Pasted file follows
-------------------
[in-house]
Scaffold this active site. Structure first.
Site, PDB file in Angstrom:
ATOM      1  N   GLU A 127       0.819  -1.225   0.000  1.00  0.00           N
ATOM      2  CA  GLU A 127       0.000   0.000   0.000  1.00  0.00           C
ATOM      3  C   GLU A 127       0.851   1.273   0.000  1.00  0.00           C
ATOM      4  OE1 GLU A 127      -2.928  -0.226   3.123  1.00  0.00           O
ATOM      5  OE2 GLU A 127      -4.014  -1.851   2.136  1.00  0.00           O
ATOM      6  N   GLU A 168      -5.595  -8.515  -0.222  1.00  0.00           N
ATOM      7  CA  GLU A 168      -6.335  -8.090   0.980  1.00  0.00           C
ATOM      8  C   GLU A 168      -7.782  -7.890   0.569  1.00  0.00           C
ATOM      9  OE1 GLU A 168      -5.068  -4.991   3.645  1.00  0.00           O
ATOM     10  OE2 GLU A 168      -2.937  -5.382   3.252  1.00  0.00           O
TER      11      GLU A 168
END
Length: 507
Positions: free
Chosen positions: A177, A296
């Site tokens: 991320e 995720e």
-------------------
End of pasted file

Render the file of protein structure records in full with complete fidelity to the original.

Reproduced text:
[in-house]
Scaffold this active site. Structure first.
Site, PDB file in Angstrom:
ATOM      1  N   GLU A 127       0.819  -1.225   0.000  1.00  0.00           N
ATOM      2  CA  GLU A 127       0.000   0.000   0.000  1.00  0.00           C
ATOM      3  C   GLU A 127       0.851   1.273   0.000  1.00  0.00           C
ATOM      4  OE1 GLU A 127      -2.928  -0.226   3.123  1.00  0.00           O
ATOM      5  OE2 GLU A 127      -4.014  -1.851   2.136  1.00  0.00           O
ATOM      6  N   GLU A 168      -5.595  -8.515  -0.222  1.00  0.00           N
ATOM      7  CA  GLU A 168      -6.335  -8.090   0.980  1.00  0.00           C
ATOM      8  C   GLU A 168      -7.782  -7.890   0.569  1.00  0.00           C
ATOM      9  OE1 GLU A 168      -5.068  -4.991   3.645  1.00  0.00           O
ATOM     10  OE2 GLU A 168      -2.937  -5.382   3.252  1.00  0.00           O
TER      11      GLU A 168
END
Length: 507
Positions: free
Chosen positions: A177, A296
């Site tokens: 991320e 995720e």